conclude that, once the shotgun was in the Subaru, whatever defendant’s role was, the
shotgun was within his reach, readily accessible to him, and available for offensive or
defensive use. Based on that recitation of facts, we would also conclude that the notion
that defendant would not realize that a shotgun had been brought into the Subaru until it
was pointed at him defies credulity.
       Defendant relies on T. White, supra, 

243 Cal.App.4th 1354

. In T. White, a police
officer spotted the defendant walking down the street carrying a fanny pack. (Id. at
p. 1358.) Because the defendant matched the general description of a suspect in an
armed robbery, the officer drove his patrol car next to the defendant. (Ibid.) The
defendant turned away and walked into the parking lot of a motel, and the officer
followed. (Ibid.) The officer lost sight of the defendant but, moments later, he saw the
defendant walking along the second story corridor of the motel. (Ibid.) The officer got
out of his car and asked the defendant to come speak with him and defendant came down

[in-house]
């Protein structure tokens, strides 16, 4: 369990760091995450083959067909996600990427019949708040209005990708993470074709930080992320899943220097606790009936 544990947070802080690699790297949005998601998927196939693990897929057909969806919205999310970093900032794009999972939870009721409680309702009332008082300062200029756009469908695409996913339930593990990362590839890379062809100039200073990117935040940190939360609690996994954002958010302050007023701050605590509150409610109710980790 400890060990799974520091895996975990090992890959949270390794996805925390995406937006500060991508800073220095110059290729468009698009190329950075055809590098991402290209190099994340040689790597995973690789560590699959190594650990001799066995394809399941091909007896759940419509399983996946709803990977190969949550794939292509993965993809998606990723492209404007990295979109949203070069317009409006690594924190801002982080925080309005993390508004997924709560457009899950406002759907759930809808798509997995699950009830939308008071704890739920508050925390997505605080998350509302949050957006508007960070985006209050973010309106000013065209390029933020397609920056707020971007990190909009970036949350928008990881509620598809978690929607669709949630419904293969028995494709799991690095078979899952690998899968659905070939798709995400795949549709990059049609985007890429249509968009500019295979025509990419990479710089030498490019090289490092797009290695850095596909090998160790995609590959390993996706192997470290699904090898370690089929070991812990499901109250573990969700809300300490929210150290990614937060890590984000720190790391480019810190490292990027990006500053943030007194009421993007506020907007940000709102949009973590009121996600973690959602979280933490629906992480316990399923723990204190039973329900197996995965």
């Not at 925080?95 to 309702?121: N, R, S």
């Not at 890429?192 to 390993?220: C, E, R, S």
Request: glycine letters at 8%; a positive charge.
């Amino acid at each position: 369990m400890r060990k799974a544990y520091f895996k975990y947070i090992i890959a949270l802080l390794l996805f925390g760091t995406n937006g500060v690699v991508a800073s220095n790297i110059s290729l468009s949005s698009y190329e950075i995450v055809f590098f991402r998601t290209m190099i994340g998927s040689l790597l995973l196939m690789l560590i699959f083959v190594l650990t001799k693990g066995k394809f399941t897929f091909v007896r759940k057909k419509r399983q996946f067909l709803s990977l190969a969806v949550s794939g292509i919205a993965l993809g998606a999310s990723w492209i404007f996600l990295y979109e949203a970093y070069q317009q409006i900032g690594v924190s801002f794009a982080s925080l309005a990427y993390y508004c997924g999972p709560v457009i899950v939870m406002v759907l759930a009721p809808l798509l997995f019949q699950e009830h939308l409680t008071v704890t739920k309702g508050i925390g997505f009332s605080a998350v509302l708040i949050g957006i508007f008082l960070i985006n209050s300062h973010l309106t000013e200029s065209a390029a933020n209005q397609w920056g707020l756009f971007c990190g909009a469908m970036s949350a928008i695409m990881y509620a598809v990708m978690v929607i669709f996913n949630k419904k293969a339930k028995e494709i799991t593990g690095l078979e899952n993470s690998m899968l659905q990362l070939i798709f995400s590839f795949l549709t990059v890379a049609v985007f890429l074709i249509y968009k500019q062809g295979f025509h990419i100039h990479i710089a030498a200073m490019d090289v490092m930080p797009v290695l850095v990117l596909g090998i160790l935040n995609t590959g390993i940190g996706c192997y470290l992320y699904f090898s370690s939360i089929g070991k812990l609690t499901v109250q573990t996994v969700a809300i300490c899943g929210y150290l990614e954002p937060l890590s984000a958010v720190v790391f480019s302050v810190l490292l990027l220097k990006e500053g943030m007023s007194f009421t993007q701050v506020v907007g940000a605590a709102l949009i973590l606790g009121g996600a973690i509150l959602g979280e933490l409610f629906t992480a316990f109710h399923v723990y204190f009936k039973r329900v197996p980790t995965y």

the stairs toward the officer. (Ibid.) The officer noted the fanny pack appeared to be less
full than it had appeared before. (Ibid.) Retracing the defendant’s path, the officer found
a loaded nine-millimeter semiautomatic pistol in a trash can. (Ibid.) A search of the
fanny pack revealed two bullets of the same make and caliber as those in the gun. (Ibid.)
At trial, the defendant denied he had a firearm when he arrived at the hotel and denied
placing a firearm in the trash can. (Ibid.) He did admit, however, that he walked by the
garbage can. (Ibid.) He testified he had found the two bullets on the motel stairs and
picked them up. (Ibid.)
       On appeal from the denial of his Proposition 36 petition, the defendant contended
his case was different from the situation where a defendant is seen in actual possession
and thus excluded under the arming exception. (T. White, supra, 243 Cal.App.4th at

                                             9
pp. 1357, 1361.) Unlike that situation, according to the defendant, he could not be found